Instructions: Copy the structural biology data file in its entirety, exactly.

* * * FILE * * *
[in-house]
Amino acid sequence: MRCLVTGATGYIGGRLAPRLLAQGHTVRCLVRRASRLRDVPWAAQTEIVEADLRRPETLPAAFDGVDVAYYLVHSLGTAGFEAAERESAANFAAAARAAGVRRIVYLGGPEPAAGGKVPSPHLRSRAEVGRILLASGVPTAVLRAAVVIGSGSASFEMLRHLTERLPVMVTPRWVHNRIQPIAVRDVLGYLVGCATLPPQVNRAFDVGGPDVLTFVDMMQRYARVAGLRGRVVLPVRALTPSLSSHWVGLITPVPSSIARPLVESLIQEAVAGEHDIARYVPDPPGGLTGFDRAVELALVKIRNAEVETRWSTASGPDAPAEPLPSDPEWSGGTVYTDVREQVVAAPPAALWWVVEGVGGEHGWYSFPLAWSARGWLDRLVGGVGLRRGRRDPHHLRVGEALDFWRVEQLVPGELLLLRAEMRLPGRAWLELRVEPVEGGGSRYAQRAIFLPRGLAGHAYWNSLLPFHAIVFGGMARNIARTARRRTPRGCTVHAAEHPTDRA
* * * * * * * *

[in-house]
Amino acid sequence: MRCLVTGATGYIGGRLAPRLLAQGHTVRCLVRRASRLRDVPWAAQTEIVEADLRRPETLPAAFDGVDVAYYLVHSLGTAGFEAAERESAANFAAAARAAGVRRIVYLGGPEPAAGGKVPSPHLRSRAEVGRILLASGVPTAVLRAAVVIGSGSASFEMLRHLTERLPVMVTPRWVHNRIQPIAVRDVLGYLVGCATLPPQVNRAFDVGGPDVLTFVDMMQRYARVAGLRGRVVLPVRALTPSLSSHWVGLITPVPSSIARPLVESLIQEAVAGEHDIARYVPDPPGGLTGFDRAVELALVKIRNAEVETRWSTASGPDAPAEPLPSDPEWSGGTVYTDVREQVVAAPPAALWWVVEGVGGEHGWYSFPLAWSARGWLDRLVGGVGLRRGRRDPHHLRVGEALDFWRVEQLVPGELLLLRAEMRLPGRAWLELRVEPVEGGGSRYAQRAIFLPRGLAGHAYWNSLLPFHAIVFGGMARNIARTARRRTPRGCTVHAAEHPTDRA